You will be transported to the county jail to be booked. Depending on the level of the offense for which you have been arrested, bail will be set for your release. If the charge is a low-level offense and you have ties to the local community, the sheriff’s office has a pre-set bail schedule and you may bond out after booking is completed. More serious offenses require that you appear before a judge who will set bail after considering the facts of your arrest, ties to the community, and your criminal history. This first appearance is usually conducted by video on the morning following your arrest.
After your release from jail, you will be given notice to appear in court for your arraignment where you will enter a plea of not guilty. If you are represented by a private attorney, a written plea of not guilty will be entered on your behalf and you will not be required to attend the arraignment. Thereafter, your case will come upon the court’s docket for review at regular intervals, usually every 30 days, in order for the judge to monitor the progress of the case. If you are not a resident of Northwest Florida, the judge may waive your appearance at these status conferences if travel would be unduly burdensome.
The prosecutor will be required to turn over to defense counsel all evidence in the State’s possession to include, arrest reports, written and recorded statements of witnesses and co-defendants, results of scientific testing, video and audio recordings, and any other evidence which the prosecutor intends to use at a hearing or trial. In felony cases and in some misdemeanors, depositions may be taken of arresting officers and eyewitnesses. In a deposition, the witness is asked under oath to provide any information he or she may have about you and the crime for which you have been charged.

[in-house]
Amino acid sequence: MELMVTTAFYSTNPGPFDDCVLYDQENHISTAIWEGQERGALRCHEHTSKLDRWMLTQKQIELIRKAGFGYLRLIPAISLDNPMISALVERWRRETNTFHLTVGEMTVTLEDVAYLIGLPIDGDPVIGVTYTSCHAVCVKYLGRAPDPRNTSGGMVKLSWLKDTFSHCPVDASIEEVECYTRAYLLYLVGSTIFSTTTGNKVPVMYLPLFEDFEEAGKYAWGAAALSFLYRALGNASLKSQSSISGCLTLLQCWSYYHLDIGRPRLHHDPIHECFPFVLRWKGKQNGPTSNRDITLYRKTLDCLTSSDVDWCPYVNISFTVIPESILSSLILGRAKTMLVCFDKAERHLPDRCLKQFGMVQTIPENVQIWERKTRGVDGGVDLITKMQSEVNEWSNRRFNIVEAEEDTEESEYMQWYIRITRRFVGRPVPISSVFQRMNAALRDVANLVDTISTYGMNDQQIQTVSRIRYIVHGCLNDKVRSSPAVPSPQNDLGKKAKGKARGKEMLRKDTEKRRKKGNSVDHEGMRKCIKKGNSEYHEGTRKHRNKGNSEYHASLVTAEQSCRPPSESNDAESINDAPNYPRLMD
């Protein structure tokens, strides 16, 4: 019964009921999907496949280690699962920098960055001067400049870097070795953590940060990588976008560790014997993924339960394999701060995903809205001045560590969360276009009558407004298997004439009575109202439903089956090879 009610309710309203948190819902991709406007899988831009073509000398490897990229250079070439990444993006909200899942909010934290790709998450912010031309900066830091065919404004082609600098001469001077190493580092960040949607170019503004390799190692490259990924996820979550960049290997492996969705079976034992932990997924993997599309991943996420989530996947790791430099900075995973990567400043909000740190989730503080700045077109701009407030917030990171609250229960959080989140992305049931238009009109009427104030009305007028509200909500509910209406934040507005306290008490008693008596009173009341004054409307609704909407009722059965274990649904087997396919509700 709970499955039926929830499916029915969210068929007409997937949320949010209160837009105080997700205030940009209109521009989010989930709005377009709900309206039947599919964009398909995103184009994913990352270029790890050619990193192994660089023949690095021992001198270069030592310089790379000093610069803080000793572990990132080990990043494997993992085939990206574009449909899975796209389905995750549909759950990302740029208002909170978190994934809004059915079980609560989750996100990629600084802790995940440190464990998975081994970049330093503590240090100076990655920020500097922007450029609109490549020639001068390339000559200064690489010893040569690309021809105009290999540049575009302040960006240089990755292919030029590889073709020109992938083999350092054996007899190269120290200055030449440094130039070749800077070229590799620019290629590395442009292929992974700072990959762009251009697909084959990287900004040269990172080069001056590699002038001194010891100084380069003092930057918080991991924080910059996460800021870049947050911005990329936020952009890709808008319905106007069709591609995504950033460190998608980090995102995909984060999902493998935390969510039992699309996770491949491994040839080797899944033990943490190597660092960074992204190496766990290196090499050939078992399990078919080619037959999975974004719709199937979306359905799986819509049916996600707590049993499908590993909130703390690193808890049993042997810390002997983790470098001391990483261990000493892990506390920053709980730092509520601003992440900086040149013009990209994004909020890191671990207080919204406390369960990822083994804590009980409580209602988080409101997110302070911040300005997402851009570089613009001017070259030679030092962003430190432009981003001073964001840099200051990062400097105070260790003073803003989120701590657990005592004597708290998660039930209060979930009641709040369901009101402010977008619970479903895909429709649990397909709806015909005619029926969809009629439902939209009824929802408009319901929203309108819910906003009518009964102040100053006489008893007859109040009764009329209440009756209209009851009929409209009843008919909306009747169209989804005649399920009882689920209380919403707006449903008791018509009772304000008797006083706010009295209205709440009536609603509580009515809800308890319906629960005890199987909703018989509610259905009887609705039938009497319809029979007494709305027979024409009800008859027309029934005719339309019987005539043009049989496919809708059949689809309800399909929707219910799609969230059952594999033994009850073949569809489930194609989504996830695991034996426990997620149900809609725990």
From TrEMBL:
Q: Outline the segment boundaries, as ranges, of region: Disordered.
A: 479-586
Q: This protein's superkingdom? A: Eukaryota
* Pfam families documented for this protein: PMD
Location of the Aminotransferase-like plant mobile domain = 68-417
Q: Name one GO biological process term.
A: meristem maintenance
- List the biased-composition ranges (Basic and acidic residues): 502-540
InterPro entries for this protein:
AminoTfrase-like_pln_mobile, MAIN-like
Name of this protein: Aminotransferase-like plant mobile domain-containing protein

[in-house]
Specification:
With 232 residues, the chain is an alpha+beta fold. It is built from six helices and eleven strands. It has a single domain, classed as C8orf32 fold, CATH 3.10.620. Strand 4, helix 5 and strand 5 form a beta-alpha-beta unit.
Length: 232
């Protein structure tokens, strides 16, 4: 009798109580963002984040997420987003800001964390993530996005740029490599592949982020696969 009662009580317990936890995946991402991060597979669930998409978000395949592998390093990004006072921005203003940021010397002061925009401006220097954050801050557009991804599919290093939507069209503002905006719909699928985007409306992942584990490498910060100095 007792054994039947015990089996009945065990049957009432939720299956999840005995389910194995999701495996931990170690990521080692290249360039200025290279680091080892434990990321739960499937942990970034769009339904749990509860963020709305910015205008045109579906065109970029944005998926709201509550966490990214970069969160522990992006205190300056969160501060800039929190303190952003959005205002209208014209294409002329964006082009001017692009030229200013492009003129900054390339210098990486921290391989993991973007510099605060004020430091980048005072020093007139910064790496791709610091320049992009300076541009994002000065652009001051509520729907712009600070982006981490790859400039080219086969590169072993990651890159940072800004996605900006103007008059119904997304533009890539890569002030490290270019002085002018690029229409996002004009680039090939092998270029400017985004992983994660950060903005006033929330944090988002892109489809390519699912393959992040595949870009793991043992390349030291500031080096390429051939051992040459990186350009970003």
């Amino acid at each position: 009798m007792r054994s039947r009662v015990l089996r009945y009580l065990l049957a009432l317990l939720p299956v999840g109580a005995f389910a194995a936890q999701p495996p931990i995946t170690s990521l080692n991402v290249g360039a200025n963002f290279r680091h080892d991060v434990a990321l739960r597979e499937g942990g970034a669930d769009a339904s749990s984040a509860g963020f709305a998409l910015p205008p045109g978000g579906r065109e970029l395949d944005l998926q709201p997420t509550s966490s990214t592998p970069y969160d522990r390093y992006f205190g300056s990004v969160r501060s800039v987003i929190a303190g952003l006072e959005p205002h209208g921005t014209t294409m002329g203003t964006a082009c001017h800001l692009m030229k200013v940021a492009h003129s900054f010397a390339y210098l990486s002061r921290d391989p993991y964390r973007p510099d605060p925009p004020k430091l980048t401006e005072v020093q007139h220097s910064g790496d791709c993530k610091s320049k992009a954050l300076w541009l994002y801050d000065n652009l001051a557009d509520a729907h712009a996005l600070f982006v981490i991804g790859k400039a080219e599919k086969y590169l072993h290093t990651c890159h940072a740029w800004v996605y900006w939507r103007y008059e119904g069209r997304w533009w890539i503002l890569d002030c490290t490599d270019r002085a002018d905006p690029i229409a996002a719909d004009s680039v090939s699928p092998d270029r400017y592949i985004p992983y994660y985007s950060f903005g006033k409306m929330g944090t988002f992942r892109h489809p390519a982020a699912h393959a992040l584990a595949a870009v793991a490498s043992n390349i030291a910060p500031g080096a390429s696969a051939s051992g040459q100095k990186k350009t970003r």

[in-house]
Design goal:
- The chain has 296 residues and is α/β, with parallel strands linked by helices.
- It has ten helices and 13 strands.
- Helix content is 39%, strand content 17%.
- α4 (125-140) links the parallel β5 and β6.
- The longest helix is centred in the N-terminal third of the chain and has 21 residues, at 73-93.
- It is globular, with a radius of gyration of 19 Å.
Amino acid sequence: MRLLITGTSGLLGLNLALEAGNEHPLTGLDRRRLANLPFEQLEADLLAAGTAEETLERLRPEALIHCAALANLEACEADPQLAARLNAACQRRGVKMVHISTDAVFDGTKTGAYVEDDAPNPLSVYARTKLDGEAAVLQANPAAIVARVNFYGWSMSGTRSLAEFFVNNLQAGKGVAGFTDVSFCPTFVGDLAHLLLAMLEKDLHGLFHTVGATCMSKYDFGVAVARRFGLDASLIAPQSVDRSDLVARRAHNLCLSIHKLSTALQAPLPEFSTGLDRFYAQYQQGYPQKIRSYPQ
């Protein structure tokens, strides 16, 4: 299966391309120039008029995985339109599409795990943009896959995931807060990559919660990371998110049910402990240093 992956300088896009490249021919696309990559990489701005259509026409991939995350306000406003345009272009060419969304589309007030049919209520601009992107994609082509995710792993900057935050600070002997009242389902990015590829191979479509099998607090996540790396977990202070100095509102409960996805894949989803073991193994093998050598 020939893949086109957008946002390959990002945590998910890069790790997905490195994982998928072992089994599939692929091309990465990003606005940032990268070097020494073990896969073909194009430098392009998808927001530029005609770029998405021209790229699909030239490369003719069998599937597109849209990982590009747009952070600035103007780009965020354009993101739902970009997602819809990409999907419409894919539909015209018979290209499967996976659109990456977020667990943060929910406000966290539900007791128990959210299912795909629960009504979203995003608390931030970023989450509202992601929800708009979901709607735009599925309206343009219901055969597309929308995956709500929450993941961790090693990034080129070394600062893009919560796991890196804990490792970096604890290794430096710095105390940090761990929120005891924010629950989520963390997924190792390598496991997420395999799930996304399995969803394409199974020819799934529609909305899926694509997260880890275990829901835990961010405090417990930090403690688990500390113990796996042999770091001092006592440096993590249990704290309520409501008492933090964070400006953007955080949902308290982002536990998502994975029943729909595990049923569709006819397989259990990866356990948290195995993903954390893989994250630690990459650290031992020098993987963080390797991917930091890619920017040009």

After all the discovery has been completed and the evidence thoroughly reviewed, defense counsel will make a determination whether any of your constitutional rights have been violated. Any defects will be presented to the court in a motion to suppress evidence or a motion to dismiss the charges. Issues to be considered include whether there was probable cause for your arrest sufficient to justify a search of your person, vehicle or home. If there is insufficient constitutional grounds for your arrest and subsequent search, any evidence seized will be suppressed and held inadmissible at any hearing or trial, weakening the prosecution’s case.
Ordinarily, the prosecutor will offer a plea bargain prior to trial. The offer may be to a lesser offense, pre-trial diversion, a deferred prosecution, probation, restitution or less incarceration than a guideline sentence. The pros and cons of the offer will be discussed with you, as well as, the risks of going to trial. You will be given all the information for you to make an informed decision. If you opt to stand trial, the credibility of each witness who testifies against you will be aggressively tested and all evidence offered against you will be challenged in an effort to secure a verdict of not guilty.